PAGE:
Heat Shock Protein Expression in Thermotolerant and Thermosensitive Lines of Cotton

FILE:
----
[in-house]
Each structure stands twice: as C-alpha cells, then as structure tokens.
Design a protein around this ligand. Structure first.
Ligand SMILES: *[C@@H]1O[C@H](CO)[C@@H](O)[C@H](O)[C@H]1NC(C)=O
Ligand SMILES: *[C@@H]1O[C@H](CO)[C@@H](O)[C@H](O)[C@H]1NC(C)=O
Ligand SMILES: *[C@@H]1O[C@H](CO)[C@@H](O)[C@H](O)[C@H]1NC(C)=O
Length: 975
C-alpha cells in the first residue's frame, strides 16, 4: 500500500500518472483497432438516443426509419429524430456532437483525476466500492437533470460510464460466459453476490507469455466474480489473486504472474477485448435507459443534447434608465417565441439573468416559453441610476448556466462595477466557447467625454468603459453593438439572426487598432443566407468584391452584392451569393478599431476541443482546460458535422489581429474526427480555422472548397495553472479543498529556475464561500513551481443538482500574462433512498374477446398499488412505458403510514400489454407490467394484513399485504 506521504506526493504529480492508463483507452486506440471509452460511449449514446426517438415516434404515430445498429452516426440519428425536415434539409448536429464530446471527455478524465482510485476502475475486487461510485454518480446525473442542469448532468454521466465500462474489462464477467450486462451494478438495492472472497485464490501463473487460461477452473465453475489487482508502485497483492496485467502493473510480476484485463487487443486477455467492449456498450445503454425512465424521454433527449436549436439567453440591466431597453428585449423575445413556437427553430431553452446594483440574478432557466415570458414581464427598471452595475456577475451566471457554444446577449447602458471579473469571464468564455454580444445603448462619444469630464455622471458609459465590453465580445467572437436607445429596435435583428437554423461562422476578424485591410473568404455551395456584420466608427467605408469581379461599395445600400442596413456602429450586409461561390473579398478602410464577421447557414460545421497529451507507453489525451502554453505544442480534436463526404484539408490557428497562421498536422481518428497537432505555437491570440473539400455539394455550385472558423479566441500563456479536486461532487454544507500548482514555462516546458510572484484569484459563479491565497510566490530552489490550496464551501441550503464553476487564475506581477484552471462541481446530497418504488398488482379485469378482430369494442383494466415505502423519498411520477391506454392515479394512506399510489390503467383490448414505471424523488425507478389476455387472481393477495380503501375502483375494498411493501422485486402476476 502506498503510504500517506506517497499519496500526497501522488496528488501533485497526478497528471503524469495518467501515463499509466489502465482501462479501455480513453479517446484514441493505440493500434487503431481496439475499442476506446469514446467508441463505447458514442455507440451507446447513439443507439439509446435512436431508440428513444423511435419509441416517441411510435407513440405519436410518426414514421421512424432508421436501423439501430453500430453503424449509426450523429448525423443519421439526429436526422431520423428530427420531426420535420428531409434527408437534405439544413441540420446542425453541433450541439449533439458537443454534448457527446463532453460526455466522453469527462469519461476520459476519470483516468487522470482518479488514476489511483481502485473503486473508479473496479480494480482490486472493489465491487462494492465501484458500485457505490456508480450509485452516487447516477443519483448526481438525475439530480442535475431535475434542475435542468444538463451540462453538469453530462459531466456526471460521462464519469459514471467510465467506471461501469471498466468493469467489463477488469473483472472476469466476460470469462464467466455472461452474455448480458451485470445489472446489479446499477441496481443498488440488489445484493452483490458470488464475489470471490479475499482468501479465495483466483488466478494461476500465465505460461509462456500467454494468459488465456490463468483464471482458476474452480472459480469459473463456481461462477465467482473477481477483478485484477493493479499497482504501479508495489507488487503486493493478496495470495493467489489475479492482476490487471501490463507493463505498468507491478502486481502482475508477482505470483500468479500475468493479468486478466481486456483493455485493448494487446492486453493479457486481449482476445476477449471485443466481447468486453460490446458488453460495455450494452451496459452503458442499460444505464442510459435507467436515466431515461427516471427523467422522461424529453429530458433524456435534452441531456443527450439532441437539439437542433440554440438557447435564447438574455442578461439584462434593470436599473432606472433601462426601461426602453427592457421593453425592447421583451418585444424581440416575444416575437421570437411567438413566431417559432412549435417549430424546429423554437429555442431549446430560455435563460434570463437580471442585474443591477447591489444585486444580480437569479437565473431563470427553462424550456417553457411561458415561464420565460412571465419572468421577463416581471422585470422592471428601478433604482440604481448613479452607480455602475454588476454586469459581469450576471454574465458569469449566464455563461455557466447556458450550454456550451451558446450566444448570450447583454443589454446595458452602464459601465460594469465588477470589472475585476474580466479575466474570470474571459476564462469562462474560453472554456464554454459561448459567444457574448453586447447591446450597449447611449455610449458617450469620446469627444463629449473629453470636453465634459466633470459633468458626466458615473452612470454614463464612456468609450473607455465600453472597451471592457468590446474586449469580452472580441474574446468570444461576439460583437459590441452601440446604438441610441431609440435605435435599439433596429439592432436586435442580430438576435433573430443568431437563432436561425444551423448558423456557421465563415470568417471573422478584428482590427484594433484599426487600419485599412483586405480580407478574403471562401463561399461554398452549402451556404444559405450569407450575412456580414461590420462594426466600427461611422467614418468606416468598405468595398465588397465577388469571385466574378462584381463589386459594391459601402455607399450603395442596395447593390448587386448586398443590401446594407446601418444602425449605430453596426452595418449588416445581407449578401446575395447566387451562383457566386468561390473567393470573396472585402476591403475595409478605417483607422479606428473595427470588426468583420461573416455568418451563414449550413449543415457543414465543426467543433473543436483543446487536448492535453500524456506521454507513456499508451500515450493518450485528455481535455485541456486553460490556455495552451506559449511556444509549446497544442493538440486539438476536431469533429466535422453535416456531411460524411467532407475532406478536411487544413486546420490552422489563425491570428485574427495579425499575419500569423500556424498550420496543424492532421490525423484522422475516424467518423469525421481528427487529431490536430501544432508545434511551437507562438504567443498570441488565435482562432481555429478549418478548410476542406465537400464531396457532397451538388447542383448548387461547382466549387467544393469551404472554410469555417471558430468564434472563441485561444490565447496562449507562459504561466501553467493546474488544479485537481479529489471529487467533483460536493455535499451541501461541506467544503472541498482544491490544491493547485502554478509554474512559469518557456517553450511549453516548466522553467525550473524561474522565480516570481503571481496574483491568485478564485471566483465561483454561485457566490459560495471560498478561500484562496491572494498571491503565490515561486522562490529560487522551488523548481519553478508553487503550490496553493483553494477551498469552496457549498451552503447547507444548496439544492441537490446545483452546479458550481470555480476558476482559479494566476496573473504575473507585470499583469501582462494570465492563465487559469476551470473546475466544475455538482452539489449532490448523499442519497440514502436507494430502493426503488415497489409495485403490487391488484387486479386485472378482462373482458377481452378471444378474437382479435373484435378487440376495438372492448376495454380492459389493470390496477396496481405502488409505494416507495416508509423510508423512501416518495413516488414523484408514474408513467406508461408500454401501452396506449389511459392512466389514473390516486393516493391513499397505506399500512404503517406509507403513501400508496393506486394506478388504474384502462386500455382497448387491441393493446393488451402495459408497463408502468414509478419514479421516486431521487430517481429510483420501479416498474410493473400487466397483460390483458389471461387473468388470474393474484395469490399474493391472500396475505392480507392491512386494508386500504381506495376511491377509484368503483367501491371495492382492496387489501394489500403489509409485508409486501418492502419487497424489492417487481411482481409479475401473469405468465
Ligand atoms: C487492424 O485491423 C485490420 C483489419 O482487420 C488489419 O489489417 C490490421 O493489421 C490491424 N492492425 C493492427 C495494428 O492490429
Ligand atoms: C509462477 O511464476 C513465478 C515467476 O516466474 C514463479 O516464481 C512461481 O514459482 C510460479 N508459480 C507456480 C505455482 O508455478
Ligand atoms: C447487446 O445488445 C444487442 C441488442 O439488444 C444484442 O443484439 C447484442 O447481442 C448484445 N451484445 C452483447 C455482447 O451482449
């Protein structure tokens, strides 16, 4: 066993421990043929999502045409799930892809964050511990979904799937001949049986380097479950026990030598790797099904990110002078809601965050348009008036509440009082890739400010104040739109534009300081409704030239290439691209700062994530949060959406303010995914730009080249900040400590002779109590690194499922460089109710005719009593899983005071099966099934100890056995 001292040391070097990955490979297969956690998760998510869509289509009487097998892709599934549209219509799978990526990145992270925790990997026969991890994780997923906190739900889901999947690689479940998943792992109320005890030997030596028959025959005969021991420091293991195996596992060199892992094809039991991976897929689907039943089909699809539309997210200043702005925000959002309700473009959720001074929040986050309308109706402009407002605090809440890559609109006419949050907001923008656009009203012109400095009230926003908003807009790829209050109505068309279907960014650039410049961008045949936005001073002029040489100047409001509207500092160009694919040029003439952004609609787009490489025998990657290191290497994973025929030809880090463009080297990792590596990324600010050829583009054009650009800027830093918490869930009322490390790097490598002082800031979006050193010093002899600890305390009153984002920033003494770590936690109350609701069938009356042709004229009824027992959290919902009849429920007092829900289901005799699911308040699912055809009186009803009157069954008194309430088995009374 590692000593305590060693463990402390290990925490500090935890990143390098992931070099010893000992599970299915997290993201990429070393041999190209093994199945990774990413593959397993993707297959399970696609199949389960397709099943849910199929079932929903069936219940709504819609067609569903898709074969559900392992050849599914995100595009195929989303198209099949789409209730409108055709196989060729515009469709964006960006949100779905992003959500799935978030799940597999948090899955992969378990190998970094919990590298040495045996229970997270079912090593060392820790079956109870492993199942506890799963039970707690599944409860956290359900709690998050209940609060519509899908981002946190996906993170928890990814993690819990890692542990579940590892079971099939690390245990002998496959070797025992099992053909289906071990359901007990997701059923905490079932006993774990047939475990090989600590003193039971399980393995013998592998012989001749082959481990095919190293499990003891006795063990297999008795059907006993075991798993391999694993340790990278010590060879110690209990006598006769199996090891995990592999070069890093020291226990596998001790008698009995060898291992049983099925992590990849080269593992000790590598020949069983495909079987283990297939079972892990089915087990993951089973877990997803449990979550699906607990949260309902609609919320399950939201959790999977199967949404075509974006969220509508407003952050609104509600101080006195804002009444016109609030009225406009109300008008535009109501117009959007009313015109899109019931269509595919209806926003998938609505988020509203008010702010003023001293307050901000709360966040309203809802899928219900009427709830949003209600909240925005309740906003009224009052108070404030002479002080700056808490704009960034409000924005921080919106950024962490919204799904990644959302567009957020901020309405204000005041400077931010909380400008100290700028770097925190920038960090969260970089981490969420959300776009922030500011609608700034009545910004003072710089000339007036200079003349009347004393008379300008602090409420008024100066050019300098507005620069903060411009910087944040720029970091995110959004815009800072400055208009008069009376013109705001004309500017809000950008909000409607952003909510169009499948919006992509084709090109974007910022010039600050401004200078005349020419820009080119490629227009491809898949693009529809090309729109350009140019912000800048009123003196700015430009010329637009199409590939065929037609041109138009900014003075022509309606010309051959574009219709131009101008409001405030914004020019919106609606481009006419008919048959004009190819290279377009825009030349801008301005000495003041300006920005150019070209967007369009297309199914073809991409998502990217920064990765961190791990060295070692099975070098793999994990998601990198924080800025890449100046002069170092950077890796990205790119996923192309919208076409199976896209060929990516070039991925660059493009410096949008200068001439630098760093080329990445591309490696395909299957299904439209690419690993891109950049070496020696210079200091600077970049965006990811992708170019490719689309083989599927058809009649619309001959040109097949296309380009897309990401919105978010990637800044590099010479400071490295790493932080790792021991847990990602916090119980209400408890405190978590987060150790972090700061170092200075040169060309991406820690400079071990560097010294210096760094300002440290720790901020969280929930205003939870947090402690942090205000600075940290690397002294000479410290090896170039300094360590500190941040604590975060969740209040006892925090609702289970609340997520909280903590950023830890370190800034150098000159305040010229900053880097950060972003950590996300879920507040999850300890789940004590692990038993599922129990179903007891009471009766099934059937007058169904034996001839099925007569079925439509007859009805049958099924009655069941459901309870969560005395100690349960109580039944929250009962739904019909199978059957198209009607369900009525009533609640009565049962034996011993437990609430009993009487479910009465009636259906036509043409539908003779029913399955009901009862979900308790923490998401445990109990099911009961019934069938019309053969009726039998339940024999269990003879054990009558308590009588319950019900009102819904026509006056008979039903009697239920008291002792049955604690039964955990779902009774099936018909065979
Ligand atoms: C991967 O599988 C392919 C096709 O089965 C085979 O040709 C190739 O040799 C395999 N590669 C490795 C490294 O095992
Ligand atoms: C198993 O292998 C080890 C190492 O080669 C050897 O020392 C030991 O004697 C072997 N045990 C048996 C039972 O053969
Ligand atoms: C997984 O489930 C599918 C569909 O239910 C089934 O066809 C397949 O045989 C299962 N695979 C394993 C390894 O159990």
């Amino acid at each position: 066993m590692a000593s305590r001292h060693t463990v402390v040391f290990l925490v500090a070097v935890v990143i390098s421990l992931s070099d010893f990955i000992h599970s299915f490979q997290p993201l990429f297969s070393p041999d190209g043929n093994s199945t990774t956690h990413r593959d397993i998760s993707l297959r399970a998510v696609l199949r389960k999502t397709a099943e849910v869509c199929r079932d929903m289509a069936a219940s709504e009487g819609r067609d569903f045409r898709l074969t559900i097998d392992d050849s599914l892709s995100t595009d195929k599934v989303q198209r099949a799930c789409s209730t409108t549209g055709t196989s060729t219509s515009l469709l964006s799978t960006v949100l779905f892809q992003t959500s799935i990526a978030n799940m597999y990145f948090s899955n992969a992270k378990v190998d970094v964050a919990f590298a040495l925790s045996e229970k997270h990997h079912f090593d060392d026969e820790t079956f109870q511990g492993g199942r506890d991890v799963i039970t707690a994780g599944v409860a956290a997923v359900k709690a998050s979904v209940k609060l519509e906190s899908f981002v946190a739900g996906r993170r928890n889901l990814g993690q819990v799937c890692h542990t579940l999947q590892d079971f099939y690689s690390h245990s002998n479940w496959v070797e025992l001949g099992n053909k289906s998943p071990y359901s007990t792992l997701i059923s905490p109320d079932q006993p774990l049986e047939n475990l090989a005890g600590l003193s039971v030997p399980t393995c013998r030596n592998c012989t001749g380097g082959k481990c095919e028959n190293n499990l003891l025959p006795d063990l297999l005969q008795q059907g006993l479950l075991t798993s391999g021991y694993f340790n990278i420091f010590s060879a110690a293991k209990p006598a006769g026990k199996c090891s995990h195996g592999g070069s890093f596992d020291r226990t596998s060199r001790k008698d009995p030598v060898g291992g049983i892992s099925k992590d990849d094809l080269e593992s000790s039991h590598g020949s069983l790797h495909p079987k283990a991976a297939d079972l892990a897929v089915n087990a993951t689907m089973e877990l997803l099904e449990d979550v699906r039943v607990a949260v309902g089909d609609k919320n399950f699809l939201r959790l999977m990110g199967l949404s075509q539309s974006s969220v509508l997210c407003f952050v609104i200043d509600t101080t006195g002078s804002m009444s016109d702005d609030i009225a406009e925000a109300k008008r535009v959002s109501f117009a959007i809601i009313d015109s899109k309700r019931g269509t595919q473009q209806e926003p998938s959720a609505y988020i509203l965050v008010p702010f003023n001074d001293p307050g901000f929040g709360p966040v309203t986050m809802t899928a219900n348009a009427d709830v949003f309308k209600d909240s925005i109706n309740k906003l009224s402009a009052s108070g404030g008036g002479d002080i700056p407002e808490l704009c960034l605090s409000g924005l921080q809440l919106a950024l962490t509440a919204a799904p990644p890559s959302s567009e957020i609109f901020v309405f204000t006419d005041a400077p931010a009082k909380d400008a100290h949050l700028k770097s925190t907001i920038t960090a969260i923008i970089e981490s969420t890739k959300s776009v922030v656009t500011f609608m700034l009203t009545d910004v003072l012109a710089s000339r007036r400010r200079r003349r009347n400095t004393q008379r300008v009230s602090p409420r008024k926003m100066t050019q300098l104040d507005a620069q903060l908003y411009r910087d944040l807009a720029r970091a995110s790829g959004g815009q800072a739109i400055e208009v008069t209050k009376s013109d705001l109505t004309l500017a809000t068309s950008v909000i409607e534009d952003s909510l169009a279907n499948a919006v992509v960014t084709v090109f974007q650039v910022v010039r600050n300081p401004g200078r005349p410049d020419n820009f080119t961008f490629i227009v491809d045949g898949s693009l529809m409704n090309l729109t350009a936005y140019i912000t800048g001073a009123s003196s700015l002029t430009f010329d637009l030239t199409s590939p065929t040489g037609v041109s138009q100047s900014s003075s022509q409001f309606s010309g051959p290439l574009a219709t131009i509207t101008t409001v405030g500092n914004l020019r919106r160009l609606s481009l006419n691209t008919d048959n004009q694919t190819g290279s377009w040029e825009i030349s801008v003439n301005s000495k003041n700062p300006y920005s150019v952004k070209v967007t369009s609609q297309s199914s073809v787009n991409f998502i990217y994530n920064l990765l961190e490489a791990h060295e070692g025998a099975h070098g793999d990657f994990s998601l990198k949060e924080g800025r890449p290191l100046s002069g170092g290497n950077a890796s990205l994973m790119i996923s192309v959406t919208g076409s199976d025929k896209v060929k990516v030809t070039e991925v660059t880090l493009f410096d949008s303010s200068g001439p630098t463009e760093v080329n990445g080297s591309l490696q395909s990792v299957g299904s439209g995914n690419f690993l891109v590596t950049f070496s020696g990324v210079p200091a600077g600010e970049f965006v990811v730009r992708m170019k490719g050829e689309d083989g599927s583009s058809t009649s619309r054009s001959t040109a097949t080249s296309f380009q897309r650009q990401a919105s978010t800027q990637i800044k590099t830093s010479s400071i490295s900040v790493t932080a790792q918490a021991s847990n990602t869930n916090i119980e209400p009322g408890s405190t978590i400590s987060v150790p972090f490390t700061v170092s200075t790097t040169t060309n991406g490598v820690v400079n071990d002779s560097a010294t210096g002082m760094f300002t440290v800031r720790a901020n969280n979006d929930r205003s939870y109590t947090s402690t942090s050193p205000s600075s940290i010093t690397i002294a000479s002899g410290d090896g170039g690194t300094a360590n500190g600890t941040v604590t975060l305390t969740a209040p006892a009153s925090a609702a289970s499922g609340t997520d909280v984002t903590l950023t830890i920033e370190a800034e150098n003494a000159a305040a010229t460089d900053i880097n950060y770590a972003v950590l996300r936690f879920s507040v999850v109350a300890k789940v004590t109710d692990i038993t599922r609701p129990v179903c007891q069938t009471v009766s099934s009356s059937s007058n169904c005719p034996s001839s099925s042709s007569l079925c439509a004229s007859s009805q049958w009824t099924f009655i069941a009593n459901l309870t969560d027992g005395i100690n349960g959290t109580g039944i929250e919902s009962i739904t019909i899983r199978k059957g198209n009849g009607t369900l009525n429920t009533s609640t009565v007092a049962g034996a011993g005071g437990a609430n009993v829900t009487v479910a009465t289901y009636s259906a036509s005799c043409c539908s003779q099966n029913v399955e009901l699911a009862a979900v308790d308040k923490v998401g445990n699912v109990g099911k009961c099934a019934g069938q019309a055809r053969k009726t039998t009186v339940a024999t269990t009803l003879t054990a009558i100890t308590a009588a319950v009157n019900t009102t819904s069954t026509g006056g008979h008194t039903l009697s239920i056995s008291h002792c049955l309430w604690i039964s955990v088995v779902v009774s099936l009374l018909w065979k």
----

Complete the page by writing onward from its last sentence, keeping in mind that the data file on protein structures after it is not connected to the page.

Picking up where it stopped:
A large proportion of the water absorbed by a plant is used to cool its leaves as the air temperature becomes too hot. If the molecular basis of heritable thermotolerance were understood, then improvements in water use by crop plants might be possible. The role of heat shock proteins (HSPs) in the expression of heritable thermotolerance in cotton was investigated. Comparisons were made between the expression of HSPs in genetically characterized heat-tolerant and heat-sensitive lines of cotton. These Comparisons were based on electrophoretic analysis of in vivo labelled proteins. No differences were observed between the two lines with regard to (1) the temperature at which HSPs synthesis was induced (37oC), or the temperature at which HSP synthesis was maximal (45oC), (2) the rates of recovery from HSP synthesis or in the duration of HSP synthesis, and (3) the major size classes of HSPs expressed in these two lines. Several unique HSPs were identified on two-dimensional gels: a 26 kDa HSP which displayed in a heat-tolerant BC3 individual was that of the heat-sensitive parent. No alteration in HSP expression could be found which correlated with the heritable thermotolerance.